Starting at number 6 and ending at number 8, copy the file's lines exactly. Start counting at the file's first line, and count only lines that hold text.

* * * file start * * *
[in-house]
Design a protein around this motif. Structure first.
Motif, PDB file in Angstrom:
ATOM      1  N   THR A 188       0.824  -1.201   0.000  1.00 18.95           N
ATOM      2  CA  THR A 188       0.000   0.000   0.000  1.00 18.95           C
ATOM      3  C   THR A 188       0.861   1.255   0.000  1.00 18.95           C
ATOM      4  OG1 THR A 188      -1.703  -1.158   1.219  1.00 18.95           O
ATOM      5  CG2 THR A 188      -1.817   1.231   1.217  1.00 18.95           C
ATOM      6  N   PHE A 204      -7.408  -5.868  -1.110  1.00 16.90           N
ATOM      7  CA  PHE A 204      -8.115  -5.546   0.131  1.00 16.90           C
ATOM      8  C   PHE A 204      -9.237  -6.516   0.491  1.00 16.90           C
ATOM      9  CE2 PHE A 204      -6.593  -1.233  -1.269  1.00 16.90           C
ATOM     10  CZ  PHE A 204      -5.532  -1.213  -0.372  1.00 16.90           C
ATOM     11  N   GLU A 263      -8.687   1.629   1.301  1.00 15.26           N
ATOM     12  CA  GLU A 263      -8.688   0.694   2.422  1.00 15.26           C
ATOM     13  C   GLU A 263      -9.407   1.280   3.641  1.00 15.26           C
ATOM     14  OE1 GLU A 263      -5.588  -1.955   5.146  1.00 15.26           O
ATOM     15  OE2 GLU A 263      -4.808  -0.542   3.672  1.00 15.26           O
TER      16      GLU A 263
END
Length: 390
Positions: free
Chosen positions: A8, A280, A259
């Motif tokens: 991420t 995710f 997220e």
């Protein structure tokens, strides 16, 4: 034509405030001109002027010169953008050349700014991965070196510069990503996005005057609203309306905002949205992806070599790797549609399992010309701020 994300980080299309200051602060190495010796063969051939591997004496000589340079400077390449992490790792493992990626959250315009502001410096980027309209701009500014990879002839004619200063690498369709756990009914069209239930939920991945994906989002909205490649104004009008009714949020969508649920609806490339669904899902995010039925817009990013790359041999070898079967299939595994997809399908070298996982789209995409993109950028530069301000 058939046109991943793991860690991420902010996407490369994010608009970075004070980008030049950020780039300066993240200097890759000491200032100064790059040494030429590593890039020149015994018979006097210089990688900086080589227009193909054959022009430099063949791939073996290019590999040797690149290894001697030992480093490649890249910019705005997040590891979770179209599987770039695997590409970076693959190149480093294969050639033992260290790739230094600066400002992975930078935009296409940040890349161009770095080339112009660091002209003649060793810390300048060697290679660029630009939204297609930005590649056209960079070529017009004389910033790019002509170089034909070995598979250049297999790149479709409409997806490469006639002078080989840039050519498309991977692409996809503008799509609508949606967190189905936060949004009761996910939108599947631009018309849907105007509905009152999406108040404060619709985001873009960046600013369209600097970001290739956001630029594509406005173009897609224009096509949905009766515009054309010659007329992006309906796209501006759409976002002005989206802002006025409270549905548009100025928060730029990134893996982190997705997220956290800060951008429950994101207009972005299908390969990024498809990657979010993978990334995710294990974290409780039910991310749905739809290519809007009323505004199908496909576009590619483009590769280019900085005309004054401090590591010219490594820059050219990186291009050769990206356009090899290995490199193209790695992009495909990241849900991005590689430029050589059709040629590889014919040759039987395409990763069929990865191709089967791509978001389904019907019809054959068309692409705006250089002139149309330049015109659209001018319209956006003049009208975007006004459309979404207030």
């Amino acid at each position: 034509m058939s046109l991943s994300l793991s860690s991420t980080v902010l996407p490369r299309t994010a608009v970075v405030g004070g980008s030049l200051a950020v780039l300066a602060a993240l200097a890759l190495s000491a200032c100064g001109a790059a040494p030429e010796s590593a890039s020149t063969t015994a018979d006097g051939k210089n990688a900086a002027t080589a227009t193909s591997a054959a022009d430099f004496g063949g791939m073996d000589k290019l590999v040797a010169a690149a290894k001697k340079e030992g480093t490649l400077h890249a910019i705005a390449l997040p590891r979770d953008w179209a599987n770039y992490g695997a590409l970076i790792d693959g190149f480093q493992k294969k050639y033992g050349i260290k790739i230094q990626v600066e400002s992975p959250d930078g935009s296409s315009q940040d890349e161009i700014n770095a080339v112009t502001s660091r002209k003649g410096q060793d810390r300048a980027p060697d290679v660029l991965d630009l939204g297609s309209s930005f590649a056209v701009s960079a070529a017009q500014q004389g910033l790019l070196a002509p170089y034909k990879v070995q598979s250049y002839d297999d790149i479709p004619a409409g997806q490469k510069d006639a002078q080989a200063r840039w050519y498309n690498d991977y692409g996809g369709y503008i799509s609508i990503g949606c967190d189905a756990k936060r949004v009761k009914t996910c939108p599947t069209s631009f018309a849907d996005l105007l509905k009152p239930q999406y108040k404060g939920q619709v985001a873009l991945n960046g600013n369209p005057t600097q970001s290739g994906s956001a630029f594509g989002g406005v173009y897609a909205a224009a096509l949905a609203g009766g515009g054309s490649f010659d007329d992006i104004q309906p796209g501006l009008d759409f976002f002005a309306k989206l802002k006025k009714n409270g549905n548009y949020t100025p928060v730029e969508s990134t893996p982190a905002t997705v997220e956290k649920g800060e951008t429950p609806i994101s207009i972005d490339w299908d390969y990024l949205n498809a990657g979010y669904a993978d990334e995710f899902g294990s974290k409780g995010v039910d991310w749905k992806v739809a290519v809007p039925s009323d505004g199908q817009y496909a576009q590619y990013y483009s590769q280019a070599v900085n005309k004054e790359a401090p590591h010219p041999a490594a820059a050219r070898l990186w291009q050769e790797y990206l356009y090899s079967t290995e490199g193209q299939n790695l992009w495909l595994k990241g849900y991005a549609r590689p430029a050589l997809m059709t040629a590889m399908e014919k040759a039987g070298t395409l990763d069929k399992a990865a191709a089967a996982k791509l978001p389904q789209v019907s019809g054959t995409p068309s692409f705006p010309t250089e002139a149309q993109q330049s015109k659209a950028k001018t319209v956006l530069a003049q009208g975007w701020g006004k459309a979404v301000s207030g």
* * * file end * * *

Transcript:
ATOM      3  C   THR A 188       0.861   1.255   0.000  1.00 18.95           C
ATOM      4  OG1 THR A 188      -1.703  -1.158   1.219  1.00 18.95           O
ATOM      5  CG2 THR A 188      -1.817   1.231   1.217  1.00 18.95           C